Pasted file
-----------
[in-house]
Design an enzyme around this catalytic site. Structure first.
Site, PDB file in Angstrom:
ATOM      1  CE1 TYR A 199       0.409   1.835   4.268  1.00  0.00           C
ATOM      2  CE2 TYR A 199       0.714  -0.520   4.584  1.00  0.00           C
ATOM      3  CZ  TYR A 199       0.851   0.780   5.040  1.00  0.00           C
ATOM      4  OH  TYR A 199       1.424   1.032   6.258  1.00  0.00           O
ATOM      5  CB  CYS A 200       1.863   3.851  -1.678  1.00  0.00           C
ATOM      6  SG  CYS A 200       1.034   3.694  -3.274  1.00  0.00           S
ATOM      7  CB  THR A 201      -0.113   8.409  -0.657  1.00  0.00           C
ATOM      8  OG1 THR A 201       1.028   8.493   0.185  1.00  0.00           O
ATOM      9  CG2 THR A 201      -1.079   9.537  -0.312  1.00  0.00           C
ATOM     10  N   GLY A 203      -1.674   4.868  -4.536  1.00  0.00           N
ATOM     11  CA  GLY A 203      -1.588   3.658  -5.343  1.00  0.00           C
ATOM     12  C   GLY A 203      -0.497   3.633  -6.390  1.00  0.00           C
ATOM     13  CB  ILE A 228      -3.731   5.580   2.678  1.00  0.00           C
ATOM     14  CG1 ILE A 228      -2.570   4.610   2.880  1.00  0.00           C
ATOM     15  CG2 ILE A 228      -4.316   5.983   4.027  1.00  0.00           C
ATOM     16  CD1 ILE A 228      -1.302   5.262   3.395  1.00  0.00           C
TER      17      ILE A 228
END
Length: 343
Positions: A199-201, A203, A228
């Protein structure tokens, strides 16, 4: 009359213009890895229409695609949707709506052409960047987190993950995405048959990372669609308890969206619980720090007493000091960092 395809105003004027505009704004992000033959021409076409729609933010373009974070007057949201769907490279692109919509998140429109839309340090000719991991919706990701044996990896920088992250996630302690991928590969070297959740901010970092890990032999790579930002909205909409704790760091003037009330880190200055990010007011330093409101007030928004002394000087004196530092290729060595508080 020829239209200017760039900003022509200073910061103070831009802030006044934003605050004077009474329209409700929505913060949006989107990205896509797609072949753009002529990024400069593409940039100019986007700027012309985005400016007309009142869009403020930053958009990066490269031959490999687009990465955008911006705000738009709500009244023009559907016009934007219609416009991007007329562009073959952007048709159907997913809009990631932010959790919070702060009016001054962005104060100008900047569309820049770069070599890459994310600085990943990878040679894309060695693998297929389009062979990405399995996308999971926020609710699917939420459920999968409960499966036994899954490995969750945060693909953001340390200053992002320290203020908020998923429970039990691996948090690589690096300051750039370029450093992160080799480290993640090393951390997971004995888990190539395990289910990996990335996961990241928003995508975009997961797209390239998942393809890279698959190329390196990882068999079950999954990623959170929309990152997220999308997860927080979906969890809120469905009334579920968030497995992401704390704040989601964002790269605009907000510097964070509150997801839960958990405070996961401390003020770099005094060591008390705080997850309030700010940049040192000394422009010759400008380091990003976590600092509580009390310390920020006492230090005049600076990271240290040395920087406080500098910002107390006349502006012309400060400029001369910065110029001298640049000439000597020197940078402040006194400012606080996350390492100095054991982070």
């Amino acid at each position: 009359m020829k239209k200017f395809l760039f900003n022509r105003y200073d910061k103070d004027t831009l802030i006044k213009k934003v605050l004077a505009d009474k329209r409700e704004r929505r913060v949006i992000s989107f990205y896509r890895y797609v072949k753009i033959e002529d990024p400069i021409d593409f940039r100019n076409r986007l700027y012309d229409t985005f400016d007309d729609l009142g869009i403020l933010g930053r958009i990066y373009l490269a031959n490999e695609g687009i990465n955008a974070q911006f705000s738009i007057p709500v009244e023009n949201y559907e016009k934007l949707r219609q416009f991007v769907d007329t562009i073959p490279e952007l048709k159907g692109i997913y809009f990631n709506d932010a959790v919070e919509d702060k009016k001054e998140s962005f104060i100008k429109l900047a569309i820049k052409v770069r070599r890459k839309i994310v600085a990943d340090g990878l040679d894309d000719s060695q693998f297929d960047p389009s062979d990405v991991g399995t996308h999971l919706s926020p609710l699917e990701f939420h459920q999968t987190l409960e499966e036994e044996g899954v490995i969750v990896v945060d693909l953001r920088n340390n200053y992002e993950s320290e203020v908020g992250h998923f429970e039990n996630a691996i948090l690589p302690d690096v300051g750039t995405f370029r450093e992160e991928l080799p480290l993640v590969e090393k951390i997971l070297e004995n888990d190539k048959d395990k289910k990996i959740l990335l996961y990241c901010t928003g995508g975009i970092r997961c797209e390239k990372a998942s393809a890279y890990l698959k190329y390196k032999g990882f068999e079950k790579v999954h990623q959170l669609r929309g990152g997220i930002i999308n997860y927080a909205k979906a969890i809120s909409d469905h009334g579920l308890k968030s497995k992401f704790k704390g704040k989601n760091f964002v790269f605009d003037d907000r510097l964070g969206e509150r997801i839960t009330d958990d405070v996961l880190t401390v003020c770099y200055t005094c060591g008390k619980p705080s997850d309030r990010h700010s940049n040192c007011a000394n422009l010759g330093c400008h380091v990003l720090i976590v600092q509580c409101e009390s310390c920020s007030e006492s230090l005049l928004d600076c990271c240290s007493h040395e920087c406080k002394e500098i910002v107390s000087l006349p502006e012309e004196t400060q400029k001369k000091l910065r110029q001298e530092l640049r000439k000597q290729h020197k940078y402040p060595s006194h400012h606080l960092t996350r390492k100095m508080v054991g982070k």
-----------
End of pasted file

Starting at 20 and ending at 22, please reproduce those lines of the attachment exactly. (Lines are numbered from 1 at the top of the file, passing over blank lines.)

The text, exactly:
TER      17      ILE A 228
END
Length: 343